In my last post, I wrote that:
“It is possible…that the comments made by the Archbishop yesterday were a rallying cry to those same people of faith to stand up for their rights and stake a claim within the British legal system using Muslims as his shield to deflect the (limited?) criticism that his words would no doubt attract at the same time as bringing this vociferous community ‘on side’. Unfortunately for him, neither of these strategies have worked and in the main, the Archbishop has left himself looking like a dead man walking.”
Well maybe I had a point because it seems, towards the end of the Archbishop’s address to the General Synod today that he was himself, suggesting with some ‘unclarity’ (is that a real word?) something quite similar. As he put it:
“[things] cannot necessarily be taken quite so easily for granted as the assumptions of our society become more secular.
I think we ought to keep an eye on this trend, and if we do we shall have to do more thinking about the models of society and law we work with.
It’s an area where Christians and people of other faiths ought to be doing some reflecting together.”
More pertinently though he goes on:
“Well, much more could be said, but I wanted simply to offer a bit more of a framework for thinking about this controversy.
As I implied earlier, part of both the burden and the privilege of being the Church we are in the nation we’re in is that we are often looked to for some coherent voice on behalf of all the faith communities living here.
And that is a considerable privilege, and I hope we can use it well – however clumsily it may have been deployed in this instance.
If we can attempt to speak for the liberties and consciences of others in this country as well as our own, we shall I believe be doing something we as a Church are called to do in Christ’s name, witnessing to his Lordship and not compromising it”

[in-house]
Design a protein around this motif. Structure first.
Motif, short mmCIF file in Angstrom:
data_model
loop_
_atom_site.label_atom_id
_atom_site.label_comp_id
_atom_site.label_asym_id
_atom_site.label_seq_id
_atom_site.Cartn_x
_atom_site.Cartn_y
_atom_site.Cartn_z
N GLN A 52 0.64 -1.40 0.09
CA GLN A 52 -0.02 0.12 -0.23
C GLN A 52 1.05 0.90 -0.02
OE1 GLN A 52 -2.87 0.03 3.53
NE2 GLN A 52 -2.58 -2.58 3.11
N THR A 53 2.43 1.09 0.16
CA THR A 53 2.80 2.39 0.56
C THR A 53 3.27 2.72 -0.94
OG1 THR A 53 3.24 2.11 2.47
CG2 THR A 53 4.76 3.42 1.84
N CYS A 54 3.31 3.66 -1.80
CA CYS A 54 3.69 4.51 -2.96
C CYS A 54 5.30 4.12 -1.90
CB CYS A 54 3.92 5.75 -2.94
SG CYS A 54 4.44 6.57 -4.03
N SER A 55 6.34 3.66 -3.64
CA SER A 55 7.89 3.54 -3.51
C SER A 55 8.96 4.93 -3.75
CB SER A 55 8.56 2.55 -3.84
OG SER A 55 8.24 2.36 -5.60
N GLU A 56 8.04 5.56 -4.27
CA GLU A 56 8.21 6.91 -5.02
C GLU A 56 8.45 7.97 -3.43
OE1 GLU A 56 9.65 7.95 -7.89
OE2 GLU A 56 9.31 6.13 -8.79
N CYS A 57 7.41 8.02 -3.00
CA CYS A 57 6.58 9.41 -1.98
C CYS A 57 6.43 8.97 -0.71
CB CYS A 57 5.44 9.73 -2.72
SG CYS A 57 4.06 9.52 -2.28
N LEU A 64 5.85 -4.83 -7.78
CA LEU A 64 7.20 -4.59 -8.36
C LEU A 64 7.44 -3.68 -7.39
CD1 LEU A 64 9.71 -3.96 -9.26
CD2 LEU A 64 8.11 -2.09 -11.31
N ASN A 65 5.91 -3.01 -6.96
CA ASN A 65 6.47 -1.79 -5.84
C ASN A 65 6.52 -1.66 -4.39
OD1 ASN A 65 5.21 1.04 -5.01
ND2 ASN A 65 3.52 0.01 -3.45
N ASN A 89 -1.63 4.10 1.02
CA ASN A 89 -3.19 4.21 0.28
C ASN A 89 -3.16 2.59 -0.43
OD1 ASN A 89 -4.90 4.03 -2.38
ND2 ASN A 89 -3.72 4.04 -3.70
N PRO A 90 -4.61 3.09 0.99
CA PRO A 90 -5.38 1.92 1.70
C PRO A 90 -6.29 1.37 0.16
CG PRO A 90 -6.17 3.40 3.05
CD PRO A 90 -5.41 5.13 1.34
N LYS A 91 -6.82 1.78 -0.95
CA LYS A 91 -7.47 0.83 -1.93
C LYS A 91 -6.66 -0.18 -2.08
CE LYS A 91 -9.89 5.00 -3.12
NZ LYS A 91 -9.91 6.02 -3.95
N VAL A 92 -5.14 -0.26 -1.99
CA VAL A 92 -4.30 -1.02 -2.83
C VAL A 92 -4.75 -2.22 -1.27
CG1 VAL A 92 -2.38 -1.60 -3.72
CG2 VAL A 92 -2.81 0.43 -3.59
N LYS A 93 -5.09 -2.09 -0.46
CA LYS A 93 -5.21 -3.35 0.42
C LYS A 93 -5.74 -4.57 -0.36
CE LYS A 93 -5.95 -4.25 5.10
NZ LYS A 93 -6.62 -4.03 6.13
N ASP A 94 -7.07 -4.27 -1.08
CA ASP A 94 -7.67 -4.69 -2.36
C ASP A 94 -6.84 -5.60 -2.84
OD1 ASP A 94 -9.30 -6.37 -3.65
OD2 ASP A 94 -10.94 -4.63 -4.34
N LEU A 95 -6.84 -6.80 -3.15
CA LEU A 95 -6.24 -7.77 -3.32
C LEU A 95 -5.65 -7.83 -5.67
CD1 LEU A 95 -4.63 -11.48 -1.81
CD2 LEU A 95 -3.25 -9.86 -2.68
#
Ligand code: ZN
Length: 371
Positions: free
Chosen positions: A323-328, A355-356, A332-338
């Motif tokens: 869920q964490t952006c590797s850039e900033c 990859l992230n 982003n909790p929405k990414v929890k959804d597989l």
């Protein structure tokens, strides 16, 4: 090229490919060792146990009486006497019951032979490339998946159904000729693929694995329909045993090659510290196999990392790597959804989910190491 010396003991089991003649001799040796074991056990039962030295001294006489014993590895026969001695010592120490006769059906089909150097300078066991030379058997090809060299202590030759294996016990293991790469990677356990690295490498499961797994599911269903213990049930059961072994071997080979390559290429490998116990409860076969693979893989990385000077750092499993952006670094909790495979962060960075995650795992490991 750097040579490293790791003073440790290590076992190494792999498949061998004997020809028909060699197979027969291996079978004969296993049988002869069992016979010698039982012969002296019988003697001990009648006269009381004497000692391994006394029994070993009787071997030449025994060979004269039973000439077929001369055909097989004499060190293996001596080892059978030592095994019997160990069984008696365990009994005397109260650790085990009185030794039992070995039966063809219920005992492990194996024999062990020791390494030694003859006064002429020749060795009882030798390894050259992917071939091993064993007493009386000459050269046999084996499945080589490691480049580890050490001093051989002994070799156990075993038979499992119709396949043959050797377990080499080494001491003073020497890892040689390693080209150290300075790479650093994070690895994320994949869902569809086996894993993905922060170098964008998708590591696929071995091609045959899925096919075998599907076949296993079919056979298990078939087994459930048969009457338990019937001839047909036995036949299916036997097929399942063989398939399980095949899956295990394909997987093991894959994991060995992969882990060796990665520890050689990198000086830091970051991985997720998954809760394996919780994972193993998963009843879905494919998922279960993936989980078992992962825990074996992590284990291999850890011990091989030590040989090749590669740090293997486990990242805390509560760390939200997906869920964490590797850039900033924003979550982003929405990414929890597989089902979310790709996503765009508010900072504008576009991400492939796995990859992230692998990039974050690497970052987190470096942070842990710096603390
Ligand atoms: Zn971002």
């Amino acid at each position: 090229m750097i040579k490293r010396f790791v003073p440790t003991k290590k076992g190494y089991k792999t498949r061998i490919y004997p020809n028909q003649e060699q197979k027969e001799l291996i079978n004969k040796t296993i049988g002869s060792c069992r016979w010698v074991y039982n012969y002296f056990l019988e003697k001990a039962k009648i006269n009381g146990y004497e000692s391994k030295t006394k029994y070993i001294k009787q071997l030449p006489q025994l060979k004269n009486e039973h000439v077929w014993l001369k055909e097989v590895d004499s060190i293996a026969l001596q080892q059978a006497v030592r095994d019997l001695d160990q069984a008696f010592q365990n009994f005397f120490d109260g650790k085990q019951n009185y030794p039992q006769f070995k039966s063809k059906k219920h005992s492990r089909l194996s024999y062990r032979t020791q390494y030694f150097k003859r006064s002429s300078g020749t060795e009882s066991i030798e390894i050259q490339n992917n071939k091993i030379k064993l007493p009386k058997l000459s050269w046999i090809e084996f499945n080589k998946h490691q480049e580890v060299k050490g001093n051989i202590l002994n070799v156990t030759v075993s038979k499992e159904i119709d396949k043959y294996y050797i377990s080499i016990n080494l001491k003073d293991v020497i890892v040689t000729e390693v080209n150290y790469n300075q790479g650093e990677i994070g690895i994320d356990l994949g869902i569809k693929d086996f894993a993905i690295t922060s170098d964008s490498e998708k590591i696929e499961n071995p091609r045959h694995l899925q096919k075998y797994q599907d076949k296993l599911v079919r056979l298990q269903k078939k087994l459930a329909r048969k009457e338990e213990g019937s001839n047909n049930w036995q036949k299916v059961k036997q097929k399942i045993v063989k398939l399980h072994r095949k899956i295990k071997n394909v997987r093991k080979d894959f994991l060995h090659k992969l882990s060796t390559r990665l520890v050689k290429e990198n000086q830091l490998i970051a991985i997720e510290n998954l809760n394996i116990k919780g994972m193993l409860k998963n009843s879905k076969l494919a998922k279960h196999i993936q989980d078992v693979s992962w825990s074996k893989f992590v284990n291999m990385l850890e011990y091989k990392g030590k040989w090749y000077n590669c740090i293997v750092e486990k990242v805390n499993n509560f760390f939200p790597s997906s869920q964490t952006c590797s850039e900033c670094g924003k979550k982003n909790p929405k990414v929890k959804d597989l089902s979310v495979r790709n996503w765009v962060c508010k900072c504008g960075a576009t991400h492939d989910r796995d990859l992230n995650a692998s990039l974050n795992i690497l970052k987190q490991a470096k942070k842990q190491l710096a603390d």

It is the recognition by Williams that “we are often looked to for some coherent voice on behalf of all the faith communities” that confirms my suspicions from the previous post. As with that other master of ‘unclarity’ Prince Charles, it seems that the Archbishop is inferring that he wishes to be a voice or figurehead for faiths (rather than solely the Anglican Christian faith) in a similar way that Prince Charles’ proposed his being a ‘defender of faiths’ rather than ‘faith’ (or the Anglican Christian faith again).
Possibly something else that was overlooked in his address was how he described his actions and comments as part of his “witnessing”. ‘Witness’ and ‘witnessing’ in Christian discourse are somewhat specific and can – from an external perspective at least – be quite loaded in terms of understanding and interpretation. Without wishing to speculate what the Archbishop meant when he spoke of ‘witnessing, some insight may be gleaned from the worldwide Anglican Communion’s website. There the Communion note how:
“Mission is the creating, reconciling and transforming action of God, flowing from the community of love found in the Trinity, made known to all humanity in the person of Jesus, and entrusted to the faithful action and witness of the people of God who, in the power of the Spirit, are a sign, foretaste and instrument of the reign of God”
Without opening a whole new can of worms or indeed suggesting even more ‘unclarity’, but is the Archbishop now suggesting that his attempts to reach out and be a “coherent voice” for other faith communities has a missonary purpose underpinning it?
Maybe it is about time that Dr Williams took a leaf out of Alistair Campbell’s book and heeded the advice that he once gave the former Prime Minister, Tony Blair: “We don’t do God”.
Unfortunately for the Archbishop, it’s all part of the job description.